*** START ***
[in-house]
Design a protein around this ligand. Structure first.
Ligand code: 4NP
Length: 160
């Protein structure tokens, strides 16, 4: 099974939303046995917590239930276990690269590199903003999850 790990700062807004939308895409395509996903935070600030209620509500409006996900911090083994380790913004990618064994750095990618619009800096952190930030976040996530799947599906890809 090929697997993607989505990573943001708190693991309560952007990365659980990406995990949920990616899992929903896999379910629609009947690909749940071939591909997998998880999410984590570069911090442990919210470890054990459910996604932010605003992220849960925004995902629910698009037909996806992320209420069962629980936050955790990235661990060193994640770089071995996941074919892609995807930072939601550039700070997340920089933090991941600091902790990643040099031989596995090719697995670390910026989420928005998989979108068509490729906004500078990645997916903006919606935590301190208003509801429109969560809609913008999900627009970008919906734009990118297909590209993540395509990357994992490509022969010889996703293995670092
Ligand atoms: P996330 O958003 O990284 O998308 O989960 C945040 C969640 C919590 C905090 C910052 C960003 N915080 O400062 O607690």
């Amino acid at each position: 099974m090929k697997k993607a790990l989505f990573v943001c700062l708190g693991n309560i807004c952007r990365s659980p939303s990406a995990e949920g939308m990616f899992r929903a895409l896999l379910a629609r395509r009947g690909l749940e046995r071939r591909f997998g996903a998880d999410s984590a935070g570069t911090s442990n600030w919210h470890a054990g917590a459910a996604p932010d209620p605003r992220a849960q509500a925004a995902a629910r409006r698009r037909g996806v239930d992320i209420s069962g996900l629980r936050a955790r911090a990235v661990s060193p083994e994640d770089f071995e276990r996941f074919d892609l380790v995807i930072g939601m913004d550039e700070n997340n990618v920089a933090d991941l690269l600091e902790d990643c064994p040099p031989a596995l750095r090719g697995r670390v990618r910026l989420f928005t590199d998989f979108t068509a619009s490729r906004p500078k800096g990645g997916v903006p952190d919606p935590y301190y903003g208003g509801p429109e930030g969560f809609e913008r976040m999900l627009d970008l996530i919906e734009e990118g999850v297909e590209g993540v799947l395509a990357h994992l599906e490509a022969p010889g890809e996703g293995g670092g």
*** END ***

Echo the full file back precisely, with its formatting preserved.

[in-house]
Design a protein around this ligand. Structure first.
Ligand code: 4NP
Length: 160
């Protein structure tokens, strides 16, 4: 099974939303046995917590239930276990690269590199903003999850 790990700062807004939308895409395509996903935070600030209620509500409006996900911090083994380790913004990618064994750095990618619009800096952190930030976040996530799947599906890809 090929697997993607989505990573943001708190693991309560952007990365659980990406995990949920990616899992929903896999379910629609009947690909749940071939591909997998998880999410984590570069911090442990919210470890054990459910996604932010605003992220849960925004995902629910698009037909996806992320209420069962629980936050955790990235661990060193994640770089071995996941074919892609995807930072939601550039700070997340920089933090991941600091902790990643040099031989596995090719697995670390910026989420928005998989979108068509490729906004500078990645997916903006919606935590301190208003509801429109969560809609913008999900627009970008919906734009990118297909590209993540395509990357994992490509022969010889996703293995670092
Ligand atoms: P996330 O958003 O990284 O998308 O989960 C945040 C969640 C919590 C905090 C910052 C960003 N915080 O400062 O607690």
């Amino acid at each position: 099974m090929k697997k993607a790990l989505f990573v943001c700062l708190g693991n309560i807004c952007r990365s659980p939303s990406a995990e949920g939308m990616f899992r929903a895409l896999l379910a629609r395509r009947g690909l749940e046995r071939r591909f997998g996903a998880d999410s984590a935070g570069t911090s442990n600030w919210h470890a054990g917590a459910a996604p932010d209620p605003r992220a849960q509500a925004a995902a629910r409006r698009r037909g996806v239930d992320i209420s069962g996900l629980r936050a955790r911090a990235v661990s060193p083994e994640d770089f071995e276990r996941f074919d892609l380790v995807i930072g939601m913004d550039e700070n997340n990618v920089a933090d991941l690269l600091e902790d990643c064994p040099p031989a596995l750095r090719g697995r670390v990618r910026l989420f928005t590199d998989f979108t068509a619009s490729r906004p500078k800096g990645g997916v903006p952190d919606p935590y301190y903003g208003g509801p429109e930030g969560f809609e913008r976040m999900l627009d970008l996530i919906e734009e990118g999850v297909e590209g993540v799947l395509a990357h994992l599906e490509a022969p010889g890809e996703g293995g670092g």